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COURTS   OF   PARIS,   NAPLES,    ETC,                285

me proceeded from the burning of a house, or,
at least, of my boots and clothes.

About nine I arrived at this place, just as the
Margrave was coming down to breakfast.

No one can be more friendly and attentive
than he is to me, except that he has not offered
to lend me a horse. I understand he is invariably
niggardly in that respect; so, as the soldier says
In some farce in anwer to his friend, who asks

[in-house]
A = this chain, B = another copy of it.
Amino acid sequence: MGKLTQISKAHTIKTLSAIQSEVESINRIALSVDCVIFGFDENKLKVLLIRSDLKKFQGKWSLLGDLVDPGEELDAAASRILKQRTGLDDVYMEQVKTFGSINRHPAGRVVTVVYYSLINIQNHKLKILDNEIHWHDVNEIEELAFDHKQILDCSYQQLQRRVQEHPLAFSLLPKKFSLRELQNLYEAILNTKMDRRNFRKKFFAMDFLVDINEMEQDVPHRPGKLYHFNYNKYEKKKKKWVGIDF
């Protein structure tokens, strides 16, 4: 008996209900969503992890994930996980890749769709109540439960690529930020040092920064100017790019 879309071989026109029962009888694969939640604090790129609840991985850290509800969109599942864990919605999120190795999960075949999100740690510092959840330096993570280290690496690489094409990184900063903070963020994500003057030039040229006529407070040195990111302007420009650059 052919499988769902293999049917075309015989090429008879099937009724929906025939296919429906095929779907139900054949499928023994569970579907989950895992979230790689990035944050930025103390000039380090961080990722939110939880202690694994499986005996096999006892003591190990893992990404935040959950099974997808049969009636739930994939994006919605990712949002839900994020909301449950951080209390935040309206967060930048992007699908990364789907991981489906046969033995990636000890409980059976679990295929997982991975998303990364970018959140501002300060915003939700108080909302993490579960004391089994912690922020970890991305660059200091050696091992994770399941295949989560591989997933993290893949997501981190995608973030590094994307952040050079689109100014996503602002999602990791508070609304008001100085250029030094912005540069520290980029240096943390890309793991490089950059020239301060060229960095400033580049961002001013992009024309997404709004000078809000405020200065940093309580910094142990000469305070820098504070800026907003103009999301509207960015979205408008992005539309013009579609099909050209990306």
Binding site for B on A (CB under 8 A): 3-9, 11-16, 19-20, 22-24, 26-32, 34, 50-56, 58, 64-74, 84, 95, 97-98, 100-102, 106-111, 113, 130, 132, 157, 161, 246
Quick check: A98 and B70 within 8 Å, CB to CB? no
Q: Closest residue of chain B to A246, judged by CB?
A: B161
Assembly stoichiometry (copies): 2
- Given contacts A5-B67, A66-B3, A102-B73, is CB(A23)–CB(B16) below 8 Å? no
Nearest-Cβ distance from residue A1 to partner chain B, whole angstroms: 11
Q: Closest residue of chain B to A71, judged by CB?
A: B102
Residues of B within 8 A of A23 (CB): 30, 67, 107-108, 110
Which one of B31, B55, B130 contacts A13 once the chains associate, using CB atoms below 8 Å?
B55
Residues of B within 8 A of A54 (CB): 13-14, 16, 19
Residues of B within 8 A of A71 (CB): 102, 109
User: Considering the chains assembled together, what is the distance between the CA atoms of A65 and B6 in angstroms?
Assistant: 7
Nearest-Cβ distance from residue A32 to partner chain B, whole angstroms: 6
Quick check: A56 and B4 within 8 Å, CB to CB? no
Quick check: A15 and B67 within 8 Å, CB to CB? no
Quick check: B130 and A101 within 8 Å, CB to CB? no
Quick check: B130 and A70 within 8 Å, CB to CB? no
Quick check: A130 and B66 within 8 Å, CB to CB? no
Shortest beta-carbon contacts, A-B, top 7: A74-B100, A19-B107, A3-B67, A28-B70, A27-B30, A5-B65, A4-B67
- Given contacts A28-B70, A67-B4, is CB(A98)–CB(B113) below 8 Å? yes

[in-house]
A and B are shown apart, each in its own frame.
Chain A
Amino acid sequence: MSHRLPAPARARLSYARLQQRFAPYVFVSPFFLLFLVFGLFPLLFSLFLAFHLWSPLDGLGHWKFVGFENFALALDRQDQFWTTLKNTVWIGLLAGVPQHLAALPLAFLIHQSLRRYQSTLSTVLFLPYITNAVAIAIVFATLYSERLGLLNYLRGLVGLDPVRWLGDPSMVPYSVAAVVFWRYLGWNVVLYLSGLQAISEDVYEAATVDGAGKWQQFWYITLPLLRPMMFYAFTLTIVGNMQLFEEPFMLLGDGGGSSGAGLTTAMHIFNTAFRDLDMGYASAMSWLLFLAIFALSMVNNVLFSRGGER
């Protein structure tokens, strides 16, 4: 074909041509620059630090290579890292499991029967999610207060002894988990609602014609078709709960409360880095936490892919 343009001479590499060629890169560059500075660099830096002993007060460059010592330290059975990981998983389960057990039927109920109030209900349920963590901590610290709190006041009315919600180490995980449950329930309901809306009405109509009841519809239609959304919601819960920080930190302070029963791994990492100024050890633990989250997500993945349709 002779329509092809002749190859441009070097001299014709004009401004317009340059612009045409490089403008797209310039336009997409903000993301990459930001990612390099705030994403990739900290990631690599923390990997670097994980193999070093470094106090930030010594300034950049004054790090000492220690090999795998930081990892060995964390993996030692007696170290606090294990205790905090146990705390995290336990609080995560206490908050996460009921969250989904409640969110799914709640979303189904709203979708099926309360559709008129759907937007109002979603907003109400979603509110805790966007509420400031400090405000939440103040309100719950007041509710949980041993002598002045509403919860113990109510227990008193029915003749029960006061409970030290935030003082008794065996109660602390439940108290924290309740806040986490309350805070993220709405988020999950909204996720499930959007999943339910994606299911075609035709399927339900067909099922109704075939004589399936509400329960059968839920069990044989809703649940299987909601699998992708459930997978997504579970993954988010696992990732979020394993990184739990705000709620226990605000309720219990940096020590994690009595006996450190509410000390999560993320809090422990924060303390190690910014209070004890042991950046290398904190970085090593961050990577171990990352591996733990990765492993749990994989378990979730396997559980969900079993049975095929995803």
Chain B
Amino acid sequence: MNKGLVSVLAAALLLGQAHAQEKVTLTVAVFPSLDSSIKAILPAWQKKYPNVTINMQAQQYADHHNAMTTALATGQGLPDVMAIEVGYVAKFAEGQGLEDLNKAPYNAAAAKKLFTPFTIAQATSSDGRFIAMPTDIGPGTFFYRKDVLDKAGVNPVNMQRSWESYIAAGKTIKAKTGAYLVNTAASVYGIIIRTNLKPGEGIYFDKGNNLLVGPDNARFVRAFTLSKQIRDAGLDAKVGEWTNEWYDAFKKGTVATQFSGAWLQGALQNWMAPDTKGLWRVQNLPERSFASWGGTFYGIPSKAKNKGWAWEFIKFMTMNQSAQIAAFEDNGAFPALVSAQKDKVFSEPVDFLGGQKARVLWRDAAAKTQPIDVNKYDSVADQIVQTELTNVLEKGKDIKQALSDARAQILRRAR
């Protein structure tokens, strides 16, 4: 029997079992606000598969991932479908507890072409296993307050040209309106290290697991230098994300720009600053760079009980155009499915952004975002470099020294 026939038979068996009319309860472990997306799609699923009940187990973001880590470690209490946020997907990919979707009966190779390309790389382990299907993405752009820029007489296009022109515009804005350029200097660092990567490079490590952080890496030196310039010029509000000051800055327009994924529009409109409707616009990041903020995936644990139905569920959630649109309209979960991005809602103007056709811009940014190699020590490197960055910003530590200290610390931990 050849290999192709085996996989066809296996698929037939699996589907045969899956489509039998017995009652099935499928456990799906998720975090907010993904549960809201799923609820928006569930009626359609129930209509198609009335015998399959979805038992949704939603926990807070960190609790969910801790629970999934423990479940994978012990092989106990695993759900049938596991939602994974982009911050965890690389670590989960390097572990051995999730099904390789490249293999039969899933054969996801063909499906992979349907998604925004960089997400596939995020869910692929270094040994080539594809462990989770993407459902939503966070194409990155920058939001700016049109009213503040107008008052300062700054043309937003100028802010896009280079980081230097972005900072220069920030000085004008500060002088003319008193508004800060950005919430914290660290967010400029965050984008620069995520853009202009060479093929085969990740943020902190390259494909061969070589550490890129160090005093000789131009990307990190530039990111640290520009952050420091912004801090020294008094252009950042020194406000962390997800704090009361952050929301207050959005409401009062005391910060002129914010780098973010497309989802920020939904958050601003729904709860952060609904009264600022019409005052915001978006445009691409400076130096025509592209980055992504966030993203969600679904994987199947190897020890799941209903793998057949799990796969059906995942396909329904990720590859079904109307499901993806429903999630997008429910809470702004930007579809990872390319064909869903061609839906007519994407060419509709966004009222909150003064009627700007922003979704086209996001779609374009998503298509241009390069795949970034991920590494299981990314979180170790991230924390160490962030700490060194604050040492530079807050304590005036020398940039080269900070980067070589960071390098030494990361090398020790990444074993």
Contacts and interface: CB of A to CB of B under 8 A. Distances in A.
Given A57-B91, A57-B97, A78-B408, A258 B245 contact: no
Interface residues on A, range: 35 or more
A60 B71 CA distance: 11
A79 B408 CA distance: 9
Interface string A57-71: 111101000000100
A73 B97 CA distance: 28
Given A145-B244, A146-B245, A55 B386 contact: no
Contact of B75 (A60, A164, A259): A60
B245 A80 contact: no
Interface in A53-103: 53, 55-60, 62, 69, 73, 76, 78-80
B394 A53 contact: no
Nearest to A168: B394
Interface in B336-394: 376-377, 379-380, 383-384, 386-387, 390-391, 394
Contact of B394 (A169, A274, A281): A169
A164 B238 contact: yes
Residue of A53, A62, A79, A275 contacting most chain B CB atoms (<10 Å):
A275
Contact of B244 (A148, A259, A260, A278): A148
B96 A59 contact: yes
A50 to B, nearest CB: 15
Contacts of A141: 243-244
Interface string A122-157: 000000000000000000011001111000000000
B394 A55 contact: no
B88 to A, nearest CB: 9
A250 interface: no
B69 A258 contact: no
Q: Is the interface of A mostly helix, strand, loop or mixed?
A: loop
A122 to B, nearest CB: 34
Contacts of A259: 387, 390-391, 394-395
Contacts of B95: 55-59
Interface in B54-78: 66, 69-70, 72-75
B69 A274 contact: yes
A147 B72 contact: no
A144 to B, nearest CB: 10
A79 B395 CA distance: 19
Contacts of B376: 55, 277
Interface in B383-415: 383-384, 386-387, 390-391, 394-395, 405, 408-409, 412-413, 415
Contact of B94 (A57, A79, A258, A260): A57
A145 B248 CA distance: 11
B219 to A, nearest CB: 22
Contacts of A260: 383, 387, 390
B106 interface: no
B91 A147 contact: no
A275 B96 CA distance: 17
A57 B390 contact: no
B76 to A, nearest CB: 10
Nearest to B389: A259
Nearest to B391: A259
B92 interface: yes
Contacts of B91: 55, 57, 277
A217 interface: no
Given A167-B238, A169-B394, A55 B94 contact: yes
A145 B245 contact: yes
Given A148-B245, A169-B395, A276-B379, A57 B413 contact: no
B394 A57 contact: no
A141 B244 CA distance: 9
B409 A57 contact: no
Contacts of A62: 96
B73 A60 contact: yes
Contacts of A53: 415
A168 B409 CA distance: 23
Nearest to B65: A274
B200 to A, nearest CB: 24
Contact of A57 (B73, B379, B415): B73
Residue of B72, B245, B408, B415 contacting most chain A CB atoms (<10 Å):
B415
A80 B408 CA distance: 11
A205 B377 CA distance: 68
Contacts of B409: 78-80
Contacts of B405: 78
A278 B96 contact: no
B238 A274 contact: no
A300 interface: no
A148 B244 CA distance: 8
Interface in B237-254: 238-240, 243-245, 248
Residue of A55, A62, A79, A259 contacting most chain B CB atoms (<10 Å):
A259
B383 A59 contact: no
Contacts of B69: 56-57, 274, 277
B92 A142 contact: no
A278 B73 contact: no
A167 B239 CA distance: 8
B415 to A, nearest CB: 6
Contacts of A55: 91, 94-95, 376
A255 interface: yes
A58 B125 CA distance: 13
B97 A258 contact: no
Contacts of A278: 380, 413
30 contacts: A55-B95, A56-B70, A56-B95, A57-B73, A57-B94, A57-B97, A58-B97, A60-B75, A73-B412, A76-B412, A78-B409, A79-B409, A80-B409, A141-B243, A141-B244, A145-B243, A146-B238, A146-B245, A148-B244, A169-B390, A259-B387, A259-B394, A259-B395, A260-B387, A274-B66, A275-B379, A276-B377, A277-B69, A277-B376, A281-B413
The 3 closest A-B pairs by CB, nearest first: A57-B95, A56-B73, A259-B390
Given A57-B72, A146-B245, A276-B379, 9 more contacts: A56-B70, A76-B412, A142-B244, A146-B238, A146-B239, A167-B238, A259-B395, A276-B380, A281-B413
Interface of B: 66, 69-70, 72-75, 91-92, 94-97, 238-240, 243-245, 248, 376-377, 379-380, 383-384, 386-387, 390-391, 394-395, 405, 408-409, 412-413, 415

him if he does not travel in his own coach—
" Moi et mon sergent nous profitons de la cornmo-
dit6 du chemin, et nous voyageons £ pied."

This is a beautiful place, and an excellent
new house, fit for any kind of gentleman. The
architecture is like all that of Mr. Holland—that,
In short, of an ignorant man, who takes bits out
of his books, and talks humano capiti cervicem equi-
nam. But, as it is plain, cela ne cheque pas. It
has nine windows in front, and a projecting colon-
nade of four Ionic pillars in the centre. You
enter the south side by a large hall or billiard-
room. The apartment on the right is the Mar-
gravine's, behind the principal staircase, and on
the north front, the Margrave's. There are a
drawing-room, dining-room and library — the bed-
chambers excellent.

The park lies on each side of the house, occu-